Each New Year, two things are certain: Many people will make resolutions that they won’t keep, and many pundits will make predictions that will not pan out. Among the slew of predictions about world events offered at the beginning of 2023, some are closer to optimistic wishes, like United Nations Secretary-General Antonio Guterres’ hope that the war in Ukraine will end this year. Others are simply bizarre, like former Russian President Dmitry Medvedev’s prediction that Germany will transform into a Fourth Reich and that Texas and Mexico will unite.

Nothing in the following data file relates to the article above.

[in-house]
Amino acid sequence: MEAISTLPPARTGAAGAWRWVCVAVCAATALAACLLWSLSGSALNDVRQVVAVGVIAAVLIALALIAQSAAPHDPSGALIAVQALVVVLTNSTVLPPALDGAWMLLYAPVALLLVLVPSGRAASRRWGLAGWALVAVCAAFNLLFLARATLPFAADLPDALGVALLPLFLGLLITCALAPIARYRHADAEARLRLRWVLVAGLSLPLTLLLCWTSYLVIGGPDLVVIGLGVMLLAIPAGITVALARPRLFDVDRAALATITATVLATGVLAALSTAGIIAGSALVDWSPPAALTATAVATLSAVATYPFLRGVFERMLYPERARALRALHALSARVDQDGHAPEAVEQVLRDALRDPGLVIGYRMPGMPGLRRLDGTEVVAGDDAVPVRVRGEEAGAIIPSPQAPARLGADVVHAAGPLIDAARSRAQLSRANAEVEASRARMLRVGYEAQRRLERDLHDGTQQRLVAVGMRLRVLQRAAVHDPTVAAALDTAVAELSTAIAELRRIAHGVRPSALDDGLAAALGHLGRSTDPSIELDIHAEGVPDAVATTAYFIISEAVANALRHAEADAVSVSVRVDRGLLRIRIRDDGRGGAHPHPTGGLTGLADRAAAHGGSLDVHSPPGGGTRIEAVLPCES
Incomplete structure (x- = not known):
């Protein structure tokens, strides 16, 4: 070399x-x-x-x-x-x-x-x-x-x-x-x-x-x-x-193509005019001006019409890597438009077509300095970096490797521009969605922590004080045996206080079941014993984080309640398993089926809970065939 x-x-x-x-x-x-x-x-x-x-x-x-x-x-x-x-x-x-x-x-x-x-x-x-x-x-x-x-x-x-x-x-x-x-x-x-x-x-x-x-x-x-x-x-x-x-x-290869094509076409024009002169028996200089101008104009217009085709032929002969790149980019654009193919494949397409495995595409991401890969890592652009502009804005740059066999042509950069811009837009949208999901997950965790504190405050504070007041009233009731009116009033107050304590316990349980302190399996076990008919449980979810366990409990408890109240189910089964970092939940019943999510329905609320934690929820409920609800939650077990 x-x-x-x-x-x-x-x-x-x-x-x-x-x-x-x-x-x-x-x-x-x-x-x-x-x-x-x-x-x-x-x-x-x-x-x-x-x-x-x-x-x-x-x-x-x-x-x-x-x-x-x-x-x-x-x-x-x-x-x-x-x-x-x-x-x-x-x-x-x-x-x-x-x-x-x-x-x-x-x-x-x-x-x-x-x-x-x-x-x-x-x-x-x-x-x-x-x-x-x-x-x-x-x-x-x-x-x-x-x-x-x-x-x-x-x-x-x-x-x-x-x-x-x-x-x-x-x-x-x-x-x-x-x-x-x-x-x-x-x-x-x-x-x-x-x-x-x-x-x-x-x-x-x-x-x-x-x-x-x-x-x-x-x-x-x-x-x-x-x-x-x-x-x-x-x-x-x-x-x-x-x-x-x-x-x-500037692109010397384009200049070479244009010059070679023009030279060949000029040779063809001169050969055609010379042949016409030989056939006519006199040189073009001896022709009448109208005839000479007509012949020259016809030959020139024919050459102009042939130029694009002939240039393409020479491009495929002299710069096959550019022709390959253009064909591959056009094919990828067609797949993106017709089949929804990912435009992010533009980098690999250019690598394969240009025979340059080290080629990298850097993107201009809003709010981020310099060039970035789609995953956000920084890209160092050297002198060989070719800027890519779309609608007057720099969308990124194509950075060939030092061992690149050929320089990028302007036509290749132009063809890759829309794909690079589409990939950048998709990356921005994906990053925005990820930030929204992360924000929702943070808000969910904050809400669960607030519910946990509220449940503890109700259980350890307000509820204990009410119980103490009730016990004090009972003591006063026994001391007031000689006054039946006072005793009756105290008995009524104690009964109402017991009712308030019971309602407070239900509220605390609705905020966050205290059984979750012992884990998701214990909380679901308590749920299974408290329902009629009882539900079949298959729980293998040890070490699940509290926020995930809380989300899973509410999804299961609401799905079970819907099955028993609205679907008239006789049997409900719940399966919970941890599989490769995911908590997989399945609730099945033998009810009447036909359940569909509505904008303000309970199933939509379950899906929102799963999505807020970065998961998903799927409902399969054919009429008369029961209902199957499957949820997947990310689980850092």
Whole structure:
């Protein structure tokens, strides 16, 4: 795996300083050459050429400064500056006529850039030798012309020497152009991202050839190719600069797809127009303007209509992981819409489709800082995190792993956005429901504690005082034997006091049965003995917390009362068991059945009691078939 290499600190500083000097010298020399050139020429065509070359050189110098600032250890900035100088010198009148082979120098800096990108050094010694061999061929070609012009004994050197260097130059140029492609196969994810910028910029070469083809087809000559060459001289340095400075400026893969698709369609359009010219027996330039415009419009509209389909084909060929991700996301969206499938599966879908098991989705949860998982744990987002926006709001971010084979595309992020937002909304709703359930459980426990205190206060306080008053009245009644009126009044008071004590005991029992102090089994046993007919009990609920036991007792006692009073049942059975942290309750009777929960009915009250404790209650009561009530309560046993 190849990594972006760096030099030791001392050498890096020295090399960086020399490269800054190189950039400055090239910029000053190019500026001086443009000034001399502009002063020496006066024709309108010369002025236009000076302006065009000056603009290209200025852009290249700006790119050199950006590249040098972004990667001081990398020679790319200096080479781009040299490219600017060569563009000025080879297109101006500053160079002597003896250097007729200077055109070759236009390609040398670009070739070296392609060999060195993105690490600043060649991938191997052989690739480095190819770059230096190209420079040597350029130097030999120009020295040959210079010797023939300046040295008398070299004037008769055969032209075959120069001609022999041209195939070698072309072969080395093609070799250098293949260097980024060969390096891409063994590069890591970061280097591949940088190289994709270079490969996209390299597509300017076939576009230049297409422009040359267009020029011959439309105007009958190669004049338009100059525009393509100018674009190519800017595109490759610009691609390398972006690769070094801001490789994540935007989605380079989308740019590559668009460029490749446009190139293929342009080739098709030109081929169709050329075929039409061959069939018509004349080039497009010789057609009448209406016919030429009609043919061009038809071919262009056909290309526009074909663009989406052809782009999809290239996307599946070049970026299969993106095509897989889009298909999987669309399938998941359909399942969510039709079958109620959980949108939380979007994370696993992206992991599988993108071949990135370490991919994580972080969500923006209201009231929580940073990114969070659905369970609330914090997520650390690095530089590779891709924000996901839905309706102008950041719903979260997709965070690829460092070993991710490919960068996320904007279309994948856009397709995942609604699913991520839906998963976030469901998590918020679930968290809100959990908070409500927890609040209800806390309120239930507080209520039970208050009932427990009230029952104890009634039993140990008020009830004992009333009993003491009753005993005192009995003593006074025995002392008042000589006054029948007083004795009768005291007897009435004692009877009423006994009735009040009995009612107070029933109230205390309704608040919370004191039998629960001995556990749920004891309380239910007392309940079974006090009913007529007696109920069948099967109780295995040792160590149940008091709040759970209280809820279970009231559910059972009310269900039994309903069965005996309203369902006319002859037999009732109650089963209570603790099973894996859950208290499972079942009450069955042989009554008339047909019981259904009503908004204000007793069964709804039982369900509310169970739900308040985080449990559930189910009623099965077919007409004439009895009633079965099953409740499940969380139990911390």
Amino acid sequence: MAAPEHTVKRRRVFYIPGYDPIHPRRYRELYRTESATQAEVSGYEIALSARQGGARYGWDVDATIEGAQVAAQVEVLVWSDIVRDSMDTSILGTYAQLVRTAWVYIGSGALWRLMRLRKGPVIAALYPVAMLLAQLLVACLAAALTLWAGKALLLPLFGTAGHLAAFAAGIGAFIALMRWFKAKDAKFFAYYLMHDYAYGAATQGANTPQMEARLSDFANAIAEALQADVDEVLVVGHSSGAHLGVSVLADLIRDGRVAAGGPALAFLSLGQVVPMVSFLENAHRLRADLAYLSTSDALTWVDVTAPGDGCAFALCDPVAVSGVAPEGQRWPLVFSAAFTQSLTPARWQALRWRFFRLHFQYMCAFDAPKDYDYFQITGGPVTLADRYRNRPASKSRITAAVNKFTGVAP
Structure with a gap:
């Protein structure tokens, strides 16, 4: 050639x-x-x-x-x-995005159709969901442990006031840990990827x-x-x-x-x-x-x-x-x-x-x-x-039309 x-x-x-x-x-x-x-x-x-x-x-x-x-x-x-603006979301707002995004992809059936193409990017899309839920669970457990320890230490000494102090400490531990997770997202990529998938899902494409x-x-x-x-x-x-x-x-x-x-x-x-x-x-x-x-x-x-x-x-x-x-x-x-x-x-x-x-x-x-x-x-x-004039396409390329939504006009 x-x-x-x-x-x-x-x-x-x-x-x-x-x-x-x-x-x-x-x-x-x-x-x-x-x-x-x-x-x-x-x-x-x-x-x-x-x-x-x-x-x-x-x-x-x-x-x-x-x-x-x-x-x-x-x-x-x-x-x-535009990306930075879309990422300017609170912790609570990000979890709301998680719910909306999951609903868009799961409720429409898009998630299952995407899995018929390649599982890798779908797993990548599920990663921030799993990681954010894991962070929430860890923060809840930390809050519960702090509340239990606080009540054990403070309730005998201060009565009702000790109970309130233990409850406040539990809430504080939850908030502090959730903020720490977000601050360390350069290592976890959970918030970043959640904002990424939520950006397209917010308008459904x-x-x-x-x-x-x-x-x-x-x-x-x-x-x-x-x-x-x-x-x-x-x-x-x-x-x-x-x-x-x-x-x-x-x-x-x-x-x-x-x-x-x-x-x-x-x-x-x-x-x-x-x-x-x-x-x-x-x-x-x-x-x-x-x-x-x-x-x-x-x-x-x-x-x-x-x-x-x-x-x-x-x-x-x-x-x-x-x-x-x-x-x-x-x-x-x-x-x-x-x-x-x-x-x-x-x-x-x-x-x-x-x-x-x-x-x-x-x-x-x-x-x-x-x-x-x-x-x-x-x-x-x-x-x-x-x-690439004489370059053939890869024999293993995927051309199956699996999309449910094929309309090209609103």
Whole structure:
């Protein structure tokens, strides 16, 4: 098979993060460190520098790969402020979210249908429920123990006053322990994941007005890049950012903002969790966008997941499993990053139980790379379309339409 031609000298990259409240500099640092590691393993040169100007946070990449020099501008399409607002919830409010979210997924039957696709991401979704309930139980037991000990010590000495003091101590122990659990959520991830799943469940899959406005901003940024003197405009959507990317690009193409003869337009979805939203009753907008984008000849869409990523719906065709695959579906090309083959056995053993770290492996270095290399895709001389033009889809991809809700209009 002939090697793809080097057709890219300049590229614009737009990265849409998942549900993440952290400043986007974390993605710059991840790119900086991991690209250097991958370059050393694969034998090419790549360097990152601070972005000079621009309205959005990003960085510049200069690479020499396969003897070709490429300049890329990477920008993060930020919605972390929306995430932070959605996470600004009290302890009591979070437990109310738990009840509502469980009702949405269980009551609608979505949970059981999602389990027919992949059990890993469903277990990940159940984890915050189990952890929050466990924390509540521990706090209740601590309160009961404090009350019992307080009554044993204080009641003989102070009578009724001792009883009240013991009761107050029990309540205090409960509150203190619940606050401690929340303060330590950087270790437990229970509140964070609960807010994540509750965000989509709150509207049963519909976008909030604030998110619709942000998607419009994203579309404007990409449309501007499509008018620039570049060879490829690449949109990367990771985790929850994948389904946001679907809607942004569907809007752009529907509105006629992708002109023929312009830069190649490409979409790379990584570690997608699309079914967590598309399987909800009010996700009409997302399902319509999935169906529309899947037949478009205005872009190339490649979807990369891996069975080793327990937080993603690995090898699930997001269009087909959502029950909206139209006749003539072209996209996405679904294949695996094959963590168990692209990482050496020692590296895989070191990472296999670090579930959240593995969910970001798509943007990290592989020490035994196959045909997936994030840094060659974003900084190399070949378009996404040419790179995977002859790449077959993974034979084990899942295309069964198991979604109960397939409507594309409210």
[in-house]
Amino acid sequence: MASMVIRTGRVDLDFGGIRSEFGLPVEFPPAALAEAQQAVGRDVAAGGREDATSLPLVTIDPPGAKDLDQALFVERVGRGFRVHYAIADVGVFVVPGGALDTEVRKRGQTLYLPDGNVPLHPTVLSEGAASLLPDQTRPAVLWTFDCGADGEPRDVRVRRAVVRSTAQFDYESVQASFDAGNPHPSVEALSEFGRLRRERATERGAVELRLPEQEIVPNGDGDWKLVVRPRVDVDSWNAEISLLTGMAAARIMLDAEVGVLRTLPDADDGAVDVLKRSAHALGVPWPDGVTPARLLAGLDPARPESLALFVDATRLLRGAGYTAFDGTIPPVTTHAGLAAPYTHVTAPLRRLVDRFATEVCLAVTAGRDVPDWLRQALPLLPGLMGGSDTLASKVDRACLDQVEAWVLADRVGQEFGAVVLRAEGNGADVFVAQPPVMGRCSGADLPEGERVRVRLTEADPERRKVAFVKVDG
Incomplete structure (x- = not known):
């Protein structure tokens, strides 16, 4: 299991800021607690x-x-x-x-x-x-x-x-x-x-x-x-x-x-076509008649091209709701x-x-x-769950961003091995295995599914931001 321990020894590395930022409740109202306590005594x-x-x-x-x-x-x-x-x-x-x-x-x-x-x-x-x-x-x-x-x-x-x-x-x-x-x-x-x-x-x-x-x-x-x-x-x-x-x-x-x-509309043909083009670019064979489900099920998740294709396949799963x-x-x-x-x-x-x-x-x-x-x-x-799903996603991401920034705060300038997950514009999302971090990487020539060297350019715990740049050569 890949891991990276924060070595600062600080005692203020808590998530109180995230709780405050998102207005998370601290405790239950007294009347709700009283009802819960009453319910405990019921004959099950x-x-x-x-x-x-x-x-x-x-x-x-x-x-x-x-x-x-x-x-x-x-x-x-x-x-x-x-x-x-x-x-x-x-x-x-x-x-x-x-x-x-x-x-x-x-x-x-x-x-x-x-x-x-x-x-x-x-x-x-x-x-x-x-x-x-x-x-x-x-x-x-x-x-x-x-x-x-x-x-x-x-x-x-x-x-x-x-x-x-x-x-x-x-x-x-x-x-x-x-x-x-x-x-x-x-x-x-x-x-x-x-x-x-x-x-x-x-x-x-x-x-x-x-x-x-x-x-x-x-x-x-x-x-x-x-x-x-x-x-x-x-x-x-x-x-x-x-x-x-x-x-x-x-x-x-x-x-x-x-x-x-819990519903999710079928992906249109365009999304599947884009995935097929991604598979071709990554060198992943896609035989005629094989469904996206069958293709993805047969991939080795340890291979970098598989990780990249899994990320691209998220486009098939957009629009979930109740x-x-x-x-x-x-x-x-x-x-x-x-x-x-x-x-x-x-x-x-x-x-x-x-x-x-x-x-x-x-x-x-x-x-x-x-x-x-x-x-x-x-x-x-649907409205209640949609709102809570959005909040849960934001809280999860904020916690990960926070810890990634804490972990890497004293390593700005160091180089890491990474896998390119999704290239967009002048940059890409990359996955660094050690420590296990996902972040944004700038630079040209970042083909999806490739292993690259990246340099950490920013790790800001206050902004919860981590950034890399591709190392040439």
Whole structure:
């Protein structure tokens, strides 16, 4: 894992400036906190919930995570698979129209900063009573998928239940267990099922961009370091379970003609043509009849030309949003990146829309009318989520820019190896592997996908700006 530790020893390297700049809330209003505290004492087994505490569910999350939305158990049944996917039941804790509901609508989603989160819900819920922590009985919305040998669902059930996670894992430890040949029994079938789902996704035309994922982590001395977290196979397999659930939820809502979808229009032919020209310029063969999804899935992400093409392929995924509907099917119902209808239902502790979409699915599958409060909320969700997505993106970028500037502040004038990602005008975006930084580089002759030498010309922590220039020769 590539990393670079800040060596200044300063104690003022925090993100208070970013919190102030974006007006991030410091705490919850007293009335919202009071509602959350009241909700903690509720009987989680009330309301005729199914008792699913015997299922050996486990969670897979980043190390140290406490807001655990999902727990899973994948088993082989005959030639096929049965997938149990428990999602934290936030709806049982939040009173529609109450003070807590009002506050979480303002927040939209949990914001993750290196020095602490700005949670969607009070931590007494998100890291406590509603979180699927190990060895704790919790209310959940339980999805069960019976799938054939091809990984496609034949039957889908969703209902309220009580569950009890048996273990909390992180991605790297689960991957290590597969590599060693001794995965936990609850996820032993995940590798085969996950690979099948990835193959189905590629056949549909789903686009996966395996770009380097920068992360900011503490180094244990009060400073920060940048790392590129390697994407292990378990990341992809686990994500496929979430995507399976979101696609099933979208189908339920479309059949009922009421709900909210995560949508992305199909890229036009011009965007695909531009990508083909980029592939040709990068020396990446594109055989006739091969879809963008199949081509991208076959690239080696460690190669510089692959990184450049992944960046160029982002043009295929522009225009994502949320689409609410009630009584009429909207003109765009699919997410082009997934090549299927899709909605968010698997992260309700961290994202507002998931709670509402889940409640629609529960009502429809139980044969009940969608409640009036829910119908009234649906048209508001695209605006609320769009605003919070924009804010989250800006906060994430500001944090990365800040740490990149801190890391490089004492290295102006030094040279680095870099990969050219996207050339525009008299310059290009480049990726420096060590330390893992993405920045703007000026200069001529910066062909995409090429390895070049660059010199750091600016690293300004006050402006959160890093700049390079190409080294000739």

For many, predictions are simply a fun exercise. But for pundits, they are more than that, as they offer a stress test for how well we truly understand our world. In order to predict, we must first understand.
Of course, we make predictions knowing that there is much room for surprise. From the onset of COVID-19 as a global pandemic to the scale of Russia’s invasion of Ukraine, several major events that took place over the past few years came as a shock due to their scale and scope, if not quite a surprise that came out of nowhere.